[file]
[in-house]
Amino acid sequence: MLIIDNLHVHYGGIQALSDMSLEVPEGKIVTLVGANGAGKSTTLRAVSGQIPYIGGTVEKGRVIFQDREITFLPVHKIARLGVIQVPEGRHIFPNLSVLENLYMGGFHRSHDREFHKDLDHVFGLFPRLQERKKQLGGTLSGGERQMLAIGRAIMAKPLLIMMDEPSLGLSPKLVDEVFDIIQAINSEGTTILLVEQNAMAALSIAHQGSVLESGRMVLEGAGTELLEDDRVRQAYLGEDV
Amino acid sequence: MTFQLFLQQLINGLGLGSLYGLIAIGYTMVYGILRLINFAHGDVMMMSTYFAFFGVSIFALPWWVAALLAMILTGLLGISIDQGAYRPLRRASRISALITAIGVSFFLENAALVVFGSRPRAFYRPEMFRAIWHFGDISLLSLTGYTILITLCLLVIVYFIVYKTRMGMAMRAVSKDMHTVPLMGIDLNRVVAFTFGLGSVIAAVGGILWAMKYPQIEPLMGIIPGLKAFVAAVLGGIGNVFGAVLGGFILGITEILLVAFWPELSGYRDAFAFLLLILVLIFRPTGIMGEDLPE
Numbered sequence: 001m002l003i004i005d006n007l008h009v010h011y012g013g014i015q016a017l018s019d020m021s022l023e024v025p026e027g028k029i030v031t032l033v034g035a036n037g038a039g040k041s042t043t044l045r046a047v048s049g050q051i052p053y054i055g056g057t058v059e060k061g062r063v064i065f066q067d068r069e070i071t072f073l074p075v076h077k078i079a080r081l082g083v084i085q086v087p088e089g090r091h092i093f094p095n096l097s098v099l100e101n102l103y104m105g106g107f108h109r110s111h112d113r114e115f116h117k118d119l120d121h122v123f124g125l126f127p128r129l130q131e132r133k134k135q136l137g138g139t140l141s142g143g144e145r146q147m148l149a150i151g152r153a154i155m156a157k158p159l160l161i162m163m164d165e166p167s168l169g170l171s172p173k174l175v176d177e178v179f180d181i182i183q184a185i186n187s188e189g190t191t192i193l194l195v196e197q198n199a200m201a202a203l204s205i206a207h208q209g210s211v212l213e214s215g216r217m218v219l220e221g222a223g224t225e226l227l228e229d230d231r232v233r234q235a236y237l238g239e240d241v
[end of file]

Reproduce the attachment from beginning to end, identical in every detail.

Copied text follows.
[in-house]
Amino acid sequence: MLIIDNLHVHYGGIQALSDMSLEVPEGKIVTLVGANGAGKSTTLRAVSGQIPYIGGTVEKGRVIFQDREITFLPVHKIARLGVIQVPEGRHIFPNLSVLENLYMGGFHRSHDREFHKDLDHVFGLFPRLQERKKQLGGTLSGGERQMLAIGRAIMAKPLLIMMDEPSLGLSPKLVDEVFDIIQAINSEGTTILLVEQNAMAALSIAHQGSVLESGRMVLEGAGTELLEDDRVRQAYLGEDV
Amino acid sequence: MTFQLFLQQLINGLGLGSLYGLIAIGYTMVYGILRLINFAHGDVMMMSTYFAFFGVSIFALPWWVAALLAMILTGLLGISIDQGAYRPLRRASRISALITAIGVSFFLENAALVVFGSRPRAFYRPEMFRAIWHFGDISLLSLTGYTILITLCLLVIVYFIVYKTRMGMAMRAVSKDMHTVPLMGIDLNRVVAFTFGLGSVIAAVGGILWAMKYPQIEPLMGIIPGLKAFVAAVLGGIGNVFGAVLGGFILGITEILLVAFWPELSGYRDAFAFLLLILVLIFRPTGIMGEDLPE
Numbered sequence: 001m002l003i004i005d006n007l008h009v010h011y012g013g014i015q016a017l018s019d020m021s022l023e024v025p026e027g028k029i030v031t032l033v034g035a036n037g038a039g040k041s042t043t044l045r046a047v048s049g050q051i052p053y054i055g056g057t058v059e060k061g062r063v064i065f066q067d068r069e070i071t072f073l074p075v076h077k078i079a080r081l082g083v084i085q086v087p088e089g090r091h092i093f094p095n096l097s098v099l100e101n102l103y104m105g106g107f108h109r110s111h112d113r114e115f116h117k118d119l120d121h122v123f124g125l126f127p128r129l130q131e132r133k134k135q136l137g138g139t140l141s142g143g144e145r146q147m148l149a150i151g152r153a154i155m156a157k158p159l160l161i162m163m164d165e166p167s168l169g170l171s172p173k174l175v176d177e178v179f180d181i182i183q184a185i186n187s188e189g190t191t192i193l194l195v196e197q198n199a200m201a202a203l204s205i206a207h208q209g210s211v212l213e214s215g216r217m218v219l220e221g222a223g224t225e226l227l228e229d230d231r232v233r234q235a236y237l238g239e240d241v